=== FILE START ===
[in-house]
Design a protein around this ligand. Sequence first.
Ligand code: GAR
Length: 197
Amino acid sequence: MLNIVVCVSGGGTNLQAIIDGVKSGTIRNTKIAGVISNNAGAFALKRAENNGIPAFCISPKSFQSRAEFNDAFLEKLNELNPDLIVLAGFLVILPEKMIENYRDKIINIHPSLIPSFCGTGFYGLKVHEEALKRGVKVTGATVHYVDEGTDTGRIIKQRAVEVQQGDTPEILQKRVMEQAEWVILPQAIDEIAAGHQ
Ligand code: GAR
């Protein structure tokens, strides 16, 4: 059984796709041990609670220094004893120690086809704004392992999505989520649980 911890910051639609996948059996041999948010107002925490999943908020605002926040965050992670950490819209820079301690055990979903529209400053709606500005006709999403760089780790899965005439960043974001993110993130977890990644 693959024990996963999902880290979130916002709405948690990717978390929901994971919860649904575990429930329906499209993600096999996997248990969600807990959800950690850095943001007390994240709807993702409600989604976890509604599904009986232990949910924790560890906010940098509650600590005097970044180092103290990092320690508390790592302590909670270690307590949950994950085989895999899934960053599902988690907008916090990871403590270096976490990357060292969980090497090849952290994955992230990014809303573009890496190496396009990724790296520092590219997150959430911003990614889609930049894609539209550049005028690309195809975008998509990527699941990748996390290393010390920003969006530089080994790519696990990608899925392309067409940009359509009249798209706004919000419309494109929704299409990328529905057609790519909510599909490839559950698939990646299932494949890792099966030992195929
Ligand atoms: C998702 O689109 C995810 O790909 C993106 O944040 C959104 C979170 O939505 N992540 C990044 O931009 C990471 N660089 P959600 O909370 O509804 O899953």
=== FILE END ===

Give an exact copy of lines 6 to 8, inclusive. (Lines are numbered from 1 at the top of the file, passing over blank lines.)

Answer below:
Ligand code: GAR
């Protein structure tokens, strides 16, 4: 059984796709041990609670220094004893120690086809704004392992999505989520649980 911890910051639609996948059996041999948010107002925490999943908020605002926040965050992670950490819209820079301690055990979903529209400053709606500005006709999403760089780790899965005439960043974001993110993130977890990644 693959024990996963999902880290979130916002709405948690990717978390929901994971919860649904575990429930329906499209993600096999996997248990969600807990959800950690850095943001007390994240709807993702409600989604976890509604599904009986232990949910924790560890906010940098509650600590005097970044180092103290990092320690508390790592302590909670270690307590949950994950085989895999899934960053599902988690907008916090990871403590270096976490990357060292969980090497090849952290994955992230990014809303573009890496190496396009990724790296520092590219997150959430911003990614889609930049894609539209550049005028690309195809975008998509990527699941990748996390290393010390920003969006530089080994790519696990990608899925392309067409940009359509009249798209706004919000419309494109929704299409990328529905057609790519909510599909490839559950698939990646299932494949890792099966030992195929
Ligand atoms: C998702 O689109 C995810 O790909 C993106 O944040 C959104 C979170 O939505 N992540 C990044 O931009 C990471 N660089 P959600 O909370 O509804 O899953």